#WomenMakingWine part 4 ft. Sam & Ella, Cof-founders of Faff Wine Co.

Welcome back to my third annual series featuring women in wine who are at the top of their game. This year we have the privilege of hearing from women in various roles – from business operations to winemakers, and even CEOs and Presidents. The accomplishments of women in a male dominated industry is worth celebrating not only on International Women’s Day, but all month and all year for that matter. These amazing women are paving the way for future generations of female leaders and powerhouses in wine. I hope you enjoy learning about their journey and winemaking philosophy and feel as inspired as I do to go after your dreams. Check back here for updates as I continue to roll out these interviews weekly on Instagram.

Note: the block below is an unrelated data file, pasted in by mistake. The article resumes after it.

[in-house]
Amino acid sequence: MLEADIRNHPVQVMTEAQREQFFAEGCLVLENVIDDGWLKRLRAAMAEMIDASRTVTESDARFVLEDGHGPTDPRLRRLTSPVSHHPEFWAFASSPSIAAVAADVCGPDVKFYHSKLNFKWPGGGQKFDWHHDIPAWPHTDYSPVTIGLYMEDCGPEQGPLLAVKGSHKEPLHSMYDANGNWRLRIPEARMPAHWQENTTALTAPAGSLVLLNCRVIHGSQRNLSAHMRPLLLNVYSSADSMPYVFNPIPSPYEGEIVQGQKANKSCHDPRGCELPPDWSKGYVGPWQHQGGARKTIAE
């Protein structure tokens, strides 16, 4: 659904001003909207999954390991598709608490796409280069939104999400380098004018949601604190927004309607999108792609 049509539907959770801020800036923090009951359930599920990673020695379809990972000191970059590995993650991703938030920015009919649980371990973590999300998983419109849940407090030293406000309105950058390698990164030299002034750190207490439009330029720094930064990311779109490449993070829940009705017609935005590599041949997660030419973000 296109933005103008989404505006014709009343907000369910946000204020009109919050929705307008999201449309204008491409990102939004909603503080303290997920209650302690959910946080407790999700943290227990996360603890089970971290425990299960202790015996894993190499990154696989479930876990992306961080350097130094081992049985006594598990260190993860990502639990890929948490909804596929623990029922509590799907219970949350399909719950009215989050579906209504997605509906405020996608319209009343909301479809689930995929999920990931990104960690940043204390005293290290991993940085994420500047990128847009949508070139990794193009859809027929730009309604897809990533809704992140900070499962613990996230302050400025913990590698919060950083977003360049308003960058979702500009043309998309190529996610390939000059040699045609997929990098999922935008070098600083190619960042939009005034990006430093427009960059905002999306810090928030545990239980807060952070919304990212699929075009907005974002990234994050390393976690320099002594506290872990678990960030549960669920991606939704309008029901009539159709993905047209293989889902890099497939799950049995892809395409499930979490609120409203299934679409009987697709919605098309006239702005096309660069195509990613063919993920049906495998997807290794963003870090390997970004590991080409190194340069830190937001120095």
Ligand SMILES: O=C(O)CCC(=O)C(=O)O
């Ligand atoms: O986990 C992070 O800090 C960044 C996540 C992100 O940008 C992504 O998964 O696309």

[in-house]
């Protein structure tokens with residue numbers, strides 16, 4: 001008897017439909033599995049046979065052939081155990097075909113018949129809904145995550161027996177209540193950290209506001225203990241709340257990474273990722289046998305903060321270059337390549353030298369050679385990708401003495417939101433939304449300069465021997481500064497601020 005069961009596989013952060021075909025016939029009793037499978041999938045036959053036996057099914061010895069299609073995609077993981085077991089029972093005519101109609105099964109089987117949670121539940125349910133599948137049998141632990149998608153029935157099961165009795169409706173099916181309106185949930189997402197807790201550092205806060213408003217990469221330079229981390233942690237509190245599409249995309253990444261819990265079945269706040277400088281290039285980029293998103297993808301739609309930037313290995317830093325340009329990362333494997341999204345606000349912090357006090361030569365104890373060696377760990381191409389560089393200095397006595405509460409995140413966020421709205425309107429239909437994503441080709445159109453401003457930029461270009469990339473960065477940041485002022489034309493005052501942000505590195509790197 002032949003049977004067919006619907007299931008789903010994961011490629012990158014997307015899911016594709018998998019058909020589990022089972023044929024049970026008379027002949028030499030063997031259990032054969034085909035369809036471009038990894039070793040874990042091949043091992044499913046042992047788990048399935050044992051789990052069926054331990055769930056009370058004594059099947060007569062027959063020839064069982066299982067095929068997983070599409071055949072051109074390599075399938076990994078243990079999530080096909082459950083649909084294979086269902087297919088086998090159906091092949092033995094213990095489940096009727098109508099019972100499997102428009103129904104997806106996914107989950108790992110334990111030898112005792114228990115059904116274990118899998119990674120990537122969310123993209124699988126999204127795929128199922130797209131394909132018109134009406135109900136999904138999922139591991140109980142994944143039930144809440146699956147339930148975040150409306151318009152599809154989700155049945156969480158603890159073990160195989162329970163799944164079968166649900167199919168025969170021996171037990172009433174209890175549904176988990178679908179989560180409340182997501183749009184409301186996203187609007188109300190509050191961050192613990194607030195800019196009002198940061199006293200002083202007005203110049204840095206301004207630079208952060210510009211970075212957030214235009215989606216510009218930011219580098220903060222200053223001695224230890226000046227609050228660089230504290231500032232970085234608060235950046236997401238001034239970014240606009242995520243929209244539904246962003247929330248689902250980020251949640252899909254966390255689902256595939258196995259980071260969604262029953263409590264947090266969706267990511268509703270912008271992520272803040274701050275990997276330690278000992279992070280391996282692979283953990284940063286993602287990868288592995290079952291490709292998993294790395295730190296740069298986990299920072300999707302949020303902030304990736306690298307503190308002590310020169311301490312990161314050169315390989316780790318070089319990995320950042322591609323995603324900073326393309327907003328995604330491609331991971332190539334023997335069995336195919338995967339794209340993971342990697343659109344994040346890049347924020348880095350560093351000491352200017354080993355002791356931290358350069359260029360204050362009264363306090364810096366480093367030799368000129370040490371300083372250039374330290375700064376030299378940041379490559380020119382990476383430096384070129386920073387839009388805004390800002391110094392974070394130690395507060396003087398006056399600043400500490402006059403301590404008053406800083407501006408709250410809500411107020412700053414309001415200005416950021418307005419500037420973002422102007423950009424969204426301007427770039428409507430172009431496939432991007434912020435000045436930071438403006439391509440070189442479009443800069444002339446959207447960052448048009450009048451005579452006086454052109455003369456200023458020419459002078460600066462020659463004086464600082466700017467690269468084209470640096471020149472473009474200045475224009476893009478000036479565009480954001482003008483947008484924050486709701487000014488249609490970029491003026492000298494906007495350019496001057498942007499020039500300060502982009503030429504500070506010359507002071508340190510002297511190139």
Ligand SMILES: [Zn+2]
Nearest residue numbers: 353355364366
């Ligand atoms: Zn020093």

Our next women in wine feature is exciting to say the least! Faff Wine Co. was established in 2022 by two incredible, vivacious women. Faff really embodies all that this series is about – women made, women owned brands who are shaking things up in the wine industry. The two female founders are experts in their respective fields. Samantha is a certified sommelier and owner of the successful blog and wine tasting business Samantha Sommelier (she’s also my future podcast cohost #woo)! Ella is a talented winemaker who studied at UC Davis and built her winemaking experience in Oregon and California. Together, they launched Faff which is British dialectal for “to make a fuss over nothing” and I love this sentiment! Wine shouldn’t be over complicated. It shouldn’t be stuffy. It should be fun and enjoyable. Gone are the days when fine wine was reserved for the ol’ boys club. There’s a wine joke that goes “to make a million dollars in wine, you need to start with 2 million.” Sam and Ella are dismantling the idea that wine is out of reach and out of touch with younger generations of beverage enthusiasts. Faff Wine Co. is proof that passion + understanding the consumer is what it boils down to and there is no doubt they will continue to be wildly successful.